Apple CEO Tim Cook and President Trump at the White House in March. Photo: Saul Loeb/AFP/Getty Images

President Trump said Sunday Apple CEO Tim Cook made a "very compelling argument" during a meeting with him on how paying tariffs would make it difficult for the tech giant to compete with the likes of Samsung.

The big picture: Trump announced last week he would delay for 3 months tariffs on some Chinese imports, including certain tech goods, footwear and clothing. The 10% tariffs that were due to go into effect Sept. 1 would have affected iPhones and iPads.

Between the lines: The threat of a crashing stock market and higher Christmas shopping prices seemed to spook the Trump administration, despite the president's false insistence that China pays the cost of tariffs directly into the U.S. Treasury.

Go deeper: The forever trade war

Go deeper

The TikTok deal's for-show provisions and flimsy foundations

Illustration: Aïda Amer/Axios

The new deal to rescue TikTok from a threatened U.S. ban — full of provisions aimed at creating the temporary appearance of a presidential win — looks like a sort of Potemkin village agreement.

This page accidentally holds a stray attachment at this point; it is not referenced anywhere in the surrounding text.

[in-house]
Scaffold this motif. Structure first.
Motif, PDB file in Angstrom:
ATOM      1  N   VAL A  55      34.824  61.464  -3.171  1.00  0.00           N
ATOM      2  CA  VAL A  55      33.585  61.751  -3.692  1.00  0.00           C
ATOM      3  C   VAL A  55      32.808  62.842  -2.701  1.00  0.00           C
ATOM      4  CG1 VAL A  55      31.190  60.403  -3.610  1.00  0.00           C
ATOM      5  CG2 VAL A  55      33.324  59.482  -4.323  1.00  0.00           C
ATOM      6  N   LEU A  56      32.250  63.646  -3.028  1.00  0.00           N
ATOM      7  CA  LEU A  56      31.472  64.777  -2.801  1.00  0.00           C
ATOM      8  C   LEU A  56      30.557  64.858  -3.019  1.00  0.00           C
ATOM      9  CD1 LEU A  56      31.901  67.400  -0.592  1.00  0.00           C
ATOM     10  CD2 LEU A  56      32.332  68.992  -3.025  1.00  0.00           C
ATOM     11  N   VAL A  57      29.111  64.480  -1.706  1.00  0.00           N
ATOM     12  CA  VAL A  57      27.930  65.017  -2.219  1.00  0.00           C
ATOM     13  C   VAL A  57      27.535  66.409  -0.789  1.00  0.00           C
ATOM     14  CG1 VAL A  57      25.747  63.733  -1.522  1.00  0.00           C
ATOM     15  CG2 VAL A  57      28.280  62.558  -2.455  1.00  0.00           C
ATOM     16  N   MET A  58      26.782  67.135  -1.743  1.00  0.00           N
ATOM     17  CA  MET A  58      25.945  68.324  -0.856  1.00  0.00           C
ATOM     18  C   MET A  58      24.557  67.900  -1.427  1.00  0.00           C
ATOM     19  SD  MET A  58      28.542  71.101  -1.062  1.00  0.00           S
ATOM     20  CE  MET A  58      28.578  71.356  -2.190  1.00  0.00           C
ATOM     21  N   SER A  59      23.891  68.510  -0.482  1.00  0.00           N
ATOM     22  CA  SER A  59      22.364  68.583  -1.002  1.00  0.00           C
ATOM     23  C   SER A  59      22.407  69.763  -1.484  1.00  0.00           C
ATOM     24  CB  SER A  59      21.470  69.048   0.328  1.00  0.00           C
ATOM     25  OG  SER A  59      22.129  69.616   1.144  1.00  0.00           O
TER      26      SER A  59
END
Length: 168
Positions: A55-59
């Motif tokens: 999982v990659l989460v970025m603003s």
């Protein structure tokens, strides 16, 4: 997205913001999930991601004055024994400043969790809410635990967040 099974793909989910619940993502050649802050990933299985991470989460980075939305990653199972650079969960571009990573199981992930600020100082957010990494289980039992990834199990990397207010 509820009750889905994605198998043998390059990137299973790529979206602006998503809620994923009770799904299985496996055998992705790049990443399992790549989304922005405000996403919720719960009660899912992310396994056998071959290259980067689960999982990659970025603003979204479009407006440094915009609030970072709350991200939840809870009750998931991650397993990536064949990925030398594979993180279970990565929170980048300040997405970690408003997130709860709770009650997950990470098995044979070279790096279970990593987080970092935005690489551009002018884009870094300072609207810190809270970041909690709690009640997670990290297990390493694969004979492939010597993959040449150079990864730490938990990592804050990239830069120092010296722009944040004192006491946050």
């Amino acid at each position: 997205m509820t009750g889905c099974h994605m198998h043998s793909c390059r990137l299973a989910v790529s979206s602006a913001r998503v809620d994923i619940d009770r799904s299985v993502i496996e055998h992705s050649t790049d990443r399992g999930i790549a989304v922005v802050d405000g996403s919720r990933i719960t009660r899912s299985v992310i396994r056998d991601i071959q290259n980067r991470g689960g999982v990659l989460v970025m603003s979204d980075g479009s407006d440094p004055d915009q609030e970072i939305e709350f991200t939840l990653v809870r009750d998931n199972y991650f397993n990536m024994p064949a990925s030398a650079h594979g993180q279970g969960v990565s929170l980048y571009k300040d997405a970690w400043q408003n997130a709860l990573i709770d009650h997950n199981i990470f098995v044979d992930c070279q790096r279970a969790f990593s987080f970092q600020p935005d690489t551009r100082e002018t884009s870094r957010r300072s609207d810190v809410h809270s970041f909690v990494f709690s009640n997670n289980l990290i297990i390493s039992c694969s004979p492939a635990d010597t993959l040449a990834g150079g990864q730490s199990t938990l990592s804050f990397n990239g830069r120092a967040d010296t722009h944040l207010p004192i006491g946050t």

How it works: Potemkin villages were fake-storefront towns stood up to impress a visiting czar and dignitaries. When the visitors left, the stage set got struck.

  • Similarly, many elements of this plan look hastily erected and easily abandoned once the spotlight moves on.
35 mins ago - Technology

Over 3 million U.S. voters have already registered on social media

Illustration: Eniola Odetunde/Axios

An estimated 2.5 million+ Americans have registered to vote on Facebook, Instagram, and Messenger, Facebook announced Monday. More than 733,000 Americans have registered to vote so far via Snapchat.

Why it matters: The broad reach of social media platforms makes them uniquely effective at engaging voters — especially younger voters who may not know how to register to vote or be civically engaged.

Felix Salmon, author of Capital
54 mins ago - Economy & Business

Wall Street: Recession is over

Illustration: Aïda Amer/Axios

U.S. economic activity fell more sharply in the second quarter of this year than during any other quarter in history. It's also going to grow more sharply in the third quarter of this year than during any other quarter in history.

  • The recession is over, according to Wall Street, with current forecasts showing sustained economic growth through 2021 and beyond.